If you ever had Cave Creek Chili beer, you probably agree with the popular opinion that it is dreadful. It didn’t help that when Cave Creek came out with the beer it was several years before novelty beers became more popular. So when I received this as a gag gift at the office Christmas Holiday Party, I decided I would be as objective as possible. After all, I like beer. I like sriracha sauce, the combination should be okay, right?
Let’s start with what is right about this. Sriracha sauce or its parent company Huy Fong foods was founded by David Tran, a Vietnamese Immigrant. Legend has it, the former ARVN officer stowed away on a freighter in the early 1980s. Having survived the trip, he found himself penniless, without hot sauce to his liking, and worst of all in California. He made the sauce first by hand, selling mainly to Chinese restaurants and his company grew from there by word of mouth. The company is named for the freighter that brought him to America.
The beer is not hopped at all as far as I can tell but it does not matter because there is no balance to this at all. This reminds me of the Lindt chocolate bars with chile or those candies from Mexico. There is a sweet full bodied beer behind it but it is overpowered by flaming cock sauce. Mexican Indians drank something similar. Cacao trees are native to the Americas and were believed to be a gift from the Quetzalcoatl, the god of wisdom. It was originally prepared as a beverage; evidence of fermenting cacao seeds to make alcohol suggests the practice was in place as early as 1400 BC. To this day, it is still prepared as a hot frothy beverage mixed with spices that is believed to be a powerful aphrodisiac. Powerful, like this guy:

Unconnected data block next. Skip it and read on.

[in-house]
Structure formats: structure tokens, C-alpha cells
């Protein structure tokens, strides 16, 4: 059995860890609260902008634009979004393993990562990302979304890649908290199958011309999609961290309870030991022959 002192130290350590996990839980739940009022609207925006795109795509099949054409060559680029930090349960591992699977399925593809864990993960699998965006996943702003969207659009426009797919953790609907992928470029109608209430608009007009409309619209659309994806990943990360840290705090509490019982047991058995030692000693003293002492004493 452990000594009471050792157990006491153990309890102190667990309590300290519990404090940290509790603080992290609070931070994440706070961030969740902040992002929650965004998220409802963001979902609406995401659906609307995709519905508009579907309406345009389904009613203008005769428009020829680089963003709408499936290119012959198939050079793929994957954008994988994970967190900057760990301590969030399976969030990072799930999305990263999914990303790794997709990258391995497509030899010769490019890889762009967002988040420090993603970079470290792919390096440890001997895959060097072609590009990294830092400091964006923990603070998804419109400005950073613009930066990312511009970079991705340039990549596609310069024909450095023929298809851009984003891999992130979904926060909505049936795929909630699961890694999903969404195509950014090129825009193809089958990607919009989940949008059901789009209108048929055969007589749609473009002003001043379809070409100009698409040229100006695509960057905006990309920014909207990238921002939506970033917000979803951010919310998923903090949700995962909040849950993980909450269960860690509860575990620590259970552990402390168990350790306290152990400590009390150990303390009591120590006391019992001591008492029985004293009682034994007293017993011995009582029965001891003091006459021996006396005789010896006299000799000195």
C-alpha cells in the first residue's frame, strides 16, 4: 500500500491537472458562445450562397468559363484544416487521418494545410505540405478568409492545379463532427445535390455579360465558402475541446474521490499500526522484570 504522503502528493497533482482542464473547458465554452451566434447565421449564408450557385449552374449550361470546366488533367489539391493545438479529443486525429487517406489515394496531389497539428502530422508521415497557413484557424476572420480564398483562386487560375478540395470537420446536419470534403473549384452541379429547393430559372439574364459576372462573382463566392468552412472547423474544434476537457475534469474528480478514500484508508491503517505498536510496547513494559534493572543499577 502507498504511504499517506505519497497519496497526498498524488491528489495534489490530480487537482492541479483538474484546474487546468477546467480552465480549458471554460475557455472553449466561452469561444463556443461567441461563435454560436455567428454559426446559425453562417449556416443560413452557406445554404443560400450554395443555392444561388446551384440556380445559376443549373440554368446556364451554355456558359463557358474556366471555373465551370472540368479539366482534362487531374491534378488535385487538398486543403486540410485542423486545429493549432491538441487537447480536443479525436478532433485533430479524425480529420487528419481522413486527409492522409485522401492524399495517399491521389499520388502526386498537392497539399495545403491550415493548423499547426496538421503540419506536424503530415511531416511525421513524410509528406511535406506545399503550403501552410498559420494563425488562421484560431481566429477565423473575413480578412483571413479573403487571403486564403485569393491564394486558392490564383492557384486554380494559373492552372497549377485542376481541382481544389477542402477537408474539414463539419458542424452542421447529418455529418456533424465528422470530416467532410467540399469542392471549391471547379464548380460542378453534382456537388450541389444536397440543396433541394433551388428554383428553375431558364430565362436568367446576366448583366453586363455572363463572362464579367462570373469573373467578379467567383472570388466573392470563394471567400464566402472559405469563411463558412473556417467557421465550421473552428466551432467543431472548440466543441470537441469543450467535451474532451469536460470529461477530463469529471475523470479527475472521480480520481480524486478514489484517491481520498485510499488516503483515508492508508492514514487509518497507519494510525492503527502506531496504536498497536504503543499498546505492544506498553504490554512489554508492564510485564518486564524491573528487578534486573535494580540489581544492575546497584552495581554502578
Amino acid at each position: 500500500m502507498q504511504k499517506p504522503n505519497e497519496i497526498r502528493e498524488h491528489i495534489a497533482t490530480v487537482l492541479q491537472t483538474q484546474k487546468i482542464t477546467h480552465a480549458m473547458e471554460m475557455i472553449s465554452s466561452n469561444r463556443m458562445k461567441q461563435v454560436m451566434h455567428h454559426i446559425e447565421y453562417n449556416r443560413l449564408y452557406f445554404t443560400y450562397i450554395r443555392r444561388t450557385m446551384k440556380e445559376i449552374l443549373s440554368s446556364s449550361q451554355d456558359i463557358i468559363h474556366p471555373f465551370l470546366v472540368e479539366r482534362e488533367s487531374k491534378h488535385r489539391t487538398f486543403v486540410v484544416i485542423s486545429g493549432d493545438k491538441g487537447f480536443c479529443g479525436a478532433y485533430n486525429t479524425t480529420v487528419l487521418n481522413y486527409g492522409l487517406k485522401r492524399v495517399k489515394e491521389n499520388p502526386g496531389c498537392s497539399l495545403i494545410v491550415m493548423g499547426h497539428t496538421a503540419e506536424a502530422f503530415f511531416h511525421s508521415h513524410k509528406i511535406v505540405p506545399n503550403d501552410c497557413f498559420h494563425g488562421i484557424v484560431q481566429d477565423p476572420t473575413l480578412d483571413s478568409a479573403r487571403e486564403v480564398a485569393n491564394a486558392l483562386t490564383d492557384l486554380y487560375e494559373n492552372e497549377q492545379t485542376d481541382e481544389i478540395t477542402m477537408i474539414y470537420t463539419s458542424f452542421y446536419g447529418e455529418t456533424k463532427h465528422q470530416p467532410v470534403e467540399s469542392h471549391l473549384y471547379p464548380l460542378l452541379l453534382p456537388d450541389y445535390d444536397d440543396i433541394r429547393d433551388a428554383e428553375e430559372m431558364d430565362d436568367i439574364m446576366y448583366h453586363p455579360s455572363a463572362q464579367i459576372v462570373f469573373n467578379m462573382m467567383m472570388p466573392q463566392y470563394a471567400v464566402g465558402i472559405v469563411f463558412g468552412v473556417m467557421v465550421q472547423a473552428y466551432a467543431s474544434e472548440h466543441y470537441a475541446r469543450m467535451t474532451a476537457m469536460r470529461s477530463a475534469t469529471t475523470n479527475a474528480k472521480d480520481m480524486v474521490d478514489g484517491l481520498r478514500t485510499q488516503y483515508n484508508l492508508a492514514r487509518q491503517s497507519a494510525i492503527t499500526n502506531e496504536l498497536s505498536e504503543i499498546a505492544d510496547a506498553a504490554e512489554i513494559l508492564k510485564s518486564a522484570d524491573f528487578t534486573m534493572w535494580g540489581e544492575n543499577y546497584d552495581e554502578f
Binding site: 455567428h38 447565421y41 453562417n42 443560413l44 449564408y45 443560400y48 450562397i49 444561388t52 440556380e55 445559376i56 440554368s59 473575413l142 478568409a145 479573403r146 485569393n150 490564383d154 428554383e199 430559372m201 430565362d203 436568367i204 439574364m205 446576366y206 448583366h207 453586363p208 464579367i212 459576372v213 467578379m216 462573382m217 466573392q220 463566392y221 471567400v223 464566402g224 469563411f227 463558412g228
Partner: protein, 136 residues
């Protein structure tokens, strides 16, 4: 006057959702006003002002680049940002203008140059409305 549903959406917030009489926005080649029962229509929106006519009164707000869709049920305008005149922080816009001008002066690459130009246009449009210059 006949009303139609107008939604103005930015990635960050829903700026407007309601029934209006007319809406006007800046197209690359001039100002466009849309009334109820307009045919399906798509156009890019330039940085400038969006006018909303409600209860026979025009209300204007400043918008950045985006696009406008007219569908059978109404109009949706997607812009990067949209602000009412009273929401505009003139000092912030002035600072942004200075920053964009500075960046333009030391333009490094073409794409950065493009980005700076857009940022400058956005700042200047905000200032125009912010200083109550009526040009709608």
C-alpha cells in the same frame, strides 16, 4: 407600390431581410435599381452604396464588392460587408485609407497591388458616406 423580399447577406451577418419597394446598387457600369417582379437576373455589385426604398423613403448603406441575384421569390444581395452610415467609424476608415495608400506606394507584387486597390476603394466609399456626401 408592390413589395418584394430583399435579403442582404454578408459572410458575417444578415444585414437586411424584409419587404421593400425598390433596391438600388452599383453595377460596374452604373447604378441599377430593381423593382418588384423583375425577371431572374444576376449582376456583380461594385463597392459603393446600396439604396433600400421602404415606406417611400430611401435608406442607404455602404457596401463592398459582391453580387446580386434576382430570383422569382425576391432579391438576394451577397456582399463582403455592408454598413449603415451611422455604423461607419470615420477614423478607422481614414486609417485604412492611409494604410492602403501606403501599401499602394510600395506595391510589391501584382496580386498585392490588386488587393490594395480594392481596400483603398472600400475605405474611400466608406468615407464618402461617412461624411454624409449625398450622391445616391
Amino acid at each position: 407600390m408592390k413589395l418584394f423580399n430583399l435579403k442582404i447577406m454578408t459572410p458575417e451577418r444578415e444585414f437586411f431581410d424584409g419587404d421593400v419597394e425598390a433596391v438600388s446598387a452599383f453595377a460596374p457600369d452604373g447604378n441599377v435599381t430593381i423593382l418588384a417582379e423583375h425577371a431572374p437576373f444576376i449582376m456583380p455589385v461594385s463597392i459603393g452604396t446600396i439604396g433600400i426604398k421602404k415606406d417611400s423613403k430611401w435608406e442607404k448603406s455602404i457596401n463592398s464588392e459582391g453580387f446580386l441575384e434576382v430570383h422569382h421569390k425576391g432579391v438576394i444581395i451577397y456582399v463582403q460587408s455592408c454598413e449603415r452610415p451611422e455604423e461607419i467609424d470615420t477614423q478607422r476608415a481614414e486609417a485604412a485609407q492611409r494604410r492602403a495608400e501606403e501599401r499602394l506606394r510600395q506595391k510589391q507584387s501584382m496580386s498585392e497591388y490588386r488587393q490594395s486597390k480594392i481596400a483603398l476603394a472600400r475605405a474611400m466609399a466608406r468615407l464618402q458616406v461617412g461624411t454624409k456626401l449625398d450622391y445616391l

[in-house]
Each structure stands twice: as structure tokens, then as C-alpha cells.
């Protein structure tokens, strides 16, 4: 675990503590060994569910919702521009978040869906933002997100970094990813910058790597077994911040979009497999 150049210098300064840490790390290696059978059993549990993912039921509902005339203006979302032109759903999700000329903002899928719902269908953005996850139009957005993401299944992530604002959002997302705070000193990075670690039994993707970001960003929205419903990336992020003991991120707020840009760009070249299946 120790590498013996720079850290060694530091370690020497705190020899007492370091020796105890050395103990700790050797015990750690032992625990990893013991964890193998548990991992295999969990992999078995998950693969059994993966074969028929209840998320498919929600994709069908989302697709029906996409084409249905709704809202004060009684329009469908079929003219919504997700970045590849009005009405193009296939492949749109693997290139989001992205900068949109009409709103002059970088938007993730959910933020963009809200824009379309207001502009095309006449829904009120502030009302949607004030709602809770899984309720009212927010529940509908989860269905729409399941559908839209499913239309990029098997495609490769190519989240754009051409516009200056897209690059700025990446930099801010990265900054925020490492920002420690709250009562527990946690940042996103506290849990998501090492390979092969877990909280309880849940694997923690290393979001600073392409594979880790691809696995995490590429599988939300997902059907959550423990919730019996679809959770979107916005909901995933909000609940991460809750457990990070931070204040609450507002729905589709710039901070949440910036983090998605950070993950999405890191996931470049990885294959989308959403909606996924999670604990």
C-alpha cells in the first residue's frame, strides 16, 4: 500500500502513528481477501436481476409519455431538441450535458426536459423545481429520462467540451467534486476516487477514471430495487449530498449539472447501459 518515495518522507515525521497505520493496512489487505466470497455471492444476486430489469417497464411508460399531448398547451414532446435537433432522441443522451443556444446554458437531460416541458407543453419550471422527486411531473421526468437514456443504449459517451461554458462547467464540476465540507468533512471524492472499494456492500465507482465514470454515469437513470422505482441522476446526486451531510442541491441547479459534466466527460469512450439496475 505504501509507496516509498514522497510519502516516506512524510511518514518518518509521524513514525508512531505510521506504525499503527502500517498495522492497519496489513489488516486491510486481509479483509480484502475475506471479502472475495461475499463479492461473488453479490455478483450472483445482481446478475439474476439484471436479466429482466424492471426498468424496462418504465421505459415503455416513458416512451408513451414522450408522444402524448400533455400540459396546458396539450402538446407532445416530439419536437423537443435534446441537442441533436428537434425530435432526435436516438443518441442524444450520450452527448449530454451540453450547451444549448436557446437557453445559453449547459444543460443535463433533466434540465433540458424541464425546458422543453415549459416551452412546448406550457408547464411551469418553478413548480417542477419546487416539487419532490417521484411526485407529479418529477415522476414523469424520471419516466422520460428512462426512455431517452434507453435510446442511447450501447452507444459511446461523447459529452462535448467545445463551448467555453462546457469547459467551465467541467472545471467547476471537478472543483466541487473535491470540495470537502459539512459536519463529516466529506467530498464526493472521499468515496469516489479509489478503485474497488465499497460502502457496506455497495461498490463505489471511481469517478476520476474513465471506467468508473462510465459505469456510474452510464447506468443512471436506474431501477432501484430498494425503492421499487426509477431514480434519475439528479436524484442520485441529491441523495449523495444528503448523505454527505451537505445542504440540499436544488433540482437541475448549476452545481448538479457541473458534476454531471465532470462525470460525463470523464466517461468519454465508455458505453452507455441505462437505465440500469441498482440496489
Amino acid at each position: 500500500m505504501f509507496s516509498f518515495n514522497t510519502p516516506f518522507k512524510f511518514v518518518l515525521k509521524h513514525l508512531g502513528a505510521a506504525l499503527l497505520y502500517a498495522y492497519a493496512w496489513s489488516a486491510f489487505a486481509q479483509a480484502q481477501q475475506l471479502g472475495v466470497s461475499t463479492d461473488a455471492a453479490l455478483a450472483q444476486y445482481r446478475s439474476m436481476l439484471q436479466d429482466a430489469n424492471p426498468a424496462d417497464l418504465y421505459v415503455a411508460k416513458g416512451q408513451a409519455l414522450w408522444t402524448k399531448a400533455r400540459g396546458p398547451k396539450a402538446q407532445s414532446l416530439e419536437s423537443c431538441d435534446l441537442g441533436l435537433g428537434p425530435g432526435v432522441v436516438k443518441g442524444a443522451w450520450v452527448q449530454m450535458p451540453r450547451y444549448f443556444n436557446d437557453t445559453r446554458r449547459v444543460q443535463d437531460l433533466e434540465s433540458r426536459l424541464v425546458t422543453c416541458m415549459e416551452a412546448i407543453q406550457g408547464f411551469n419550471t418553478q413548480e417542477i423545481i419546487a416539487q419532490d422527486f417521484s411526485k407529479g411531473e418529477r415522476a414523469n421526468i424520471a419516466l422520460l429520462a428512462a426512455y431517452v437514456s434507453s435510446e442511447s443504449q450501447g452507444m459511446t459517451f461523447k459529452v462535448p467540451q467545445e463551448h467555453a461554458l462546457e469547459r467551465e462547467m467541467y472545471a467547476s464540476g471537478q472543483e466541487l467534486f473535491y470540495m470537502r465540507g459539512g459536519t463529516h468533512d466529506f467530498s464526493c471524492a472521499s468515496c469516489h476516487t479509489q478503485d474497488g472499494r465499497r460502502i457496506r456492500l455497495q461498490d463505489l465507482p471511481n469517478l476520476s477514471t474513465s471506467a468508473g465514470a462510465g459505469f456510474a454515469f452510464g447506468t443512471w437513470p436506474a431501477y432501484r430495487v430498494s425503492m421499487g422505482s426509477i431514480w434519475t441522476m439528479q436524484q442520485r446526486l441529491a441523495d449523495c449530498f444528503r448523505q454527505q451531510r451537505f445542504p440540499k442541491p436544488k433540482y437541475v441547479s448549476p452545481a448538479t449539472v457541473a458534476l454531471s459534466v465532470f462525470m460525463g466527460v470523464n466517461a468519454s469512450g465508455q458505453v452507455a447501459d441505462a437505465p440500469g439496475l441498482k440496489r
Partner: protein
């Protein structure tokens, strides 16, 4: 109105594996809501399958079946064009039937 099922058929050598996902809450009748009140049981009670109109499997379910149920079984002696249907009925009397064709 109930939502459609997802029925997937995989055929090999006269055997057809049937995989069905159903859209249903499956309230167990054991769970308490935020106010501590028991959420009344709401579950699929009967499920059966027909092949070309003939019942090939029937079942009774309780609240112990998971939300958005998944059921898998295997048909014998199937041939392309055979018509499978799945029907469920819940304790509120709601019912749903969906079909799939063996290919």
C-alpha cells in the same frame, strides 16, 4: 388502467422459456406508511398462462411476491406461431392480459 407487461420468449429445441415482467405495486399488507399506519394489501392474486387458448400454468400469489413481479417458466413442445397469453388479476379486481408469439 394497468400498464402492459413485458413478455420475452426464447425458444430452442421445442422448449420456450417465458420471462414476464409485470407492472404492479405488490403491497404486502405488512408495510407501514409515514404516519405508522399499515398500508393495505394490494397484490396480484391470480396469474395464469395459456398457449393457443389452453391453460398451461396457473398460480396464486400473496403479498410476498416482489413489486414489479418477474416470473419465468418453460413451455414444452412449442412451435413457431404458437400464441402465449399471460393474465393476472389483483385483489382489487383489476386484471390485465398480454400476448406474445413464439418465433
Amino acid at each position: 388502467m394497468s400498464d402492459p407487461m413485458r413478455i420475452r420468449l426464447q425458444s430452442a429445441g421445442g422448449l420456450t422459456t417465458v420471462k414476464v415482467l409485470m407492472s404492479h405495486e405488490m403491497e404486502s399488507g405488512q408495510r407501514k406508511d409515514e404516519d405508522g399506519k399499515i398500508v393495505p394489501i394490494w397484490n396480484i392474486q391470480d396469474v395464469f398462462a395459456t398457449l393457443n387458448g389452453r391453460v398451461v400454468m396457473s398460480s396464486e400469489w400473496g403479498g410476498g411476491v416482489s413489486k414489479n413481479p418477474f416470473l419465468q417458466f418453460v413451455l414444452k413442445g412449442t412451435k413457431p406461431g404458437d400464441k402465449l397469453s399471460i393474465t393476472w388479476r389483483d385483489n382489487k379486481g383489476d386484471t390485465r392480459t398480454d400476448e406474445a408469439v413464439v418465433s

The peppers are somewhat muted by the stout but not nearly enough. Perhaps now is a good time to mention that my ancestors engaged in human sacrifice and cannibalism, but quite frankly, I can only see myself eating this with Thai curry or Pho. Even then I would probably only do it on a dare.
I was at a loss as far as glassware. That Gordon Biersch glass (they call it a Willibrecht) is as neutral a glass that I own but I typically use it for Amber and Pale Ales. IPA, Barley wines, Trappist, and Brown Ales I opt for the Chalice or a Tulip Glass. Lagers go in a mug. Stouts and Porters go in a Pint glass. The spices are so intense, it doesn’t suit any of my glassware.
If you are going to spend the five days following the winter solstice, holed up in your house while waiting for the gods to finish deciding whether to end the world or let you live for another year…you might like this. If you like covering yourself with black mud to celebrate the god’s gift of a new year…you might like this. If you plan on ripping open the sternum of one of your enemies, beheading him and eating his still beating heart…you might like this. If you have achieved a higher plane of consciousness, climbed into your pyramid and flew back to your home planet…you may like this. For the rest of us, I leave it by saying that it is not for everyone. I couldn’t finish the bomber, instead I pulled out a Four Peaks Kiltlifter to round out my evening. 2.2/5.